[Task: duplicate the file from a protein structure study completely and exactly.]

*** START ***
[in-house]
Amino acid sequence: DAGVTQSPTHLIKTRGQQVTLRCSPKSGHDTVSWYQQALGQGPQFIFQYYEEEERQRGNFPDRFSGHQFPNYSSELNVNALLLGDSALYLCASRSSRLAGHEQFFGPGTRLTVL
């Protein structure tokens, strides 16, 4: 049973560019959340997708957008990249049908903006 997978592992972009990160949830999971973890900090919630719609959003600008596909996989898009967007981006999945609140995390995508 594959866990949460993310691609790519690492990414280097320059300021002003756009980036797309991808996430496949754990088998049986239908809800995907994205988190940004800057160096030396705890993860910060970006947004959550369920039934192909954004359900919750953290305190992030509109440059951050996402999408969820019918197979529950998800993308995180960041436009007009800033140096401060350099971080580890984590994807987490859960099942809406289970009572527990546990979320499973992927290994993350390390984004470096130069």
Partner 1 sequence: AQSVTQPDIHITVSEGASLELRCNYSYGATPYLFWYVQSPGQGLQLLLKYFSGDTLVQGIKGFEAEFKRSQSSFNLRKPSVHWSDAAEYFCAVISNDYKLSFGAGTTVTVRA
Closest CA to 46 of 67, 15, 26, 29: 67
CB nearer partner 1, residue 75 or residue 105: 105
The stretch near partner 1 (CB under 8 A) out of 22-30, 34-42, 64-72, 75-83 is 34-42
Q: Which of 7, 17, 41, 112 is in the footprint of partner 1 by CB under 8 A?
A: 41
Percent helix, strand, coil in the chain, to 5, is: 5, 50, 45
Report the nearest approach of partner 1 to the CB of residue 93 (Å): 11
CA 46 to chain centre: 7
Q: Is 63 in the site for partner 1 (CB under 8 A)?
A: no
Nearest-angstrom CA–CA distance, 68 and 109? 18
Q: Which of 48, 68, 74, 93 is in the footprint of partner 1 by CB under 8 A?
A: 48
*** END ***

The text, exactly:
[in-house]
Amino acid sequence: DAGVTQSPTHLIKTRGQQVTLRCSPKSGHDTVSWYQQALGQGPQFIFQYYEEEERQRGNFPDRFSGHQFPNYSSELNVNALLLGDSALYLCASRSSRLAGHEQFFGPGTRLTVL
């Protein structure tokens, strides 16, 4: 049973560019959340997708957008990249049908903006 997978592992972009990160949830999971973890900090919630719609959003600008596909996989898009967007981006999945609140995390995508 594959866990949460993310691609790519690492990414280097320059300021002003756009980036797309991808996430496949754990088998049986239908809800995907994205988190940004800057160096030396705890993860910060970006947004959550369920039934192909954004359900919750953290305190992030509109440059951050996402999408969820019918197979529950998800993308995180960041436009007009800033140096401060350099971080580890984590994807987490859960099942809406289970009572527990546990979320499973992927290994993350390390984004470096130069």
Partner 1 sequence: AQSVTQPDIHITVSEGASLELRCNYSYGATPYLFWYVQSPGQGLQLLLKYFSGDTLVQGIKGFEAEFKRSQSSFNLRKPSVHWSDAAEYFCAVISNDYKLSFGAGTTVTVRA
Closest CA to 46 of 67, 15, 26, 29: 67
CB nearer partner 1, residue 75 or residue 105: 105
The stretch near partner 1 (CB under 8 A) out of 22-30, 34-42, 64-72, 75-83 is 34-42
Q: Which of 7, 17, 41, 112 is in the footprint of partner 1 by CB under 8 A?
A: 41
Percent helix, strand, coil in the chain, to 5, is: 5, 50, 45
Report the nearest approach of partner 1 to the CB of residue 93 (Å): 11
CA 46 to chain centre: 7
Q: Is 63 in the site for partner 1 (CB under 8 A)?
A: no
Nearest-angstrom CA–CA distance, 68 and 109? 18
Q: Which of 48, 68, 74, 93 is in the footprint of partner 1 by CB under 8 A?
A: 48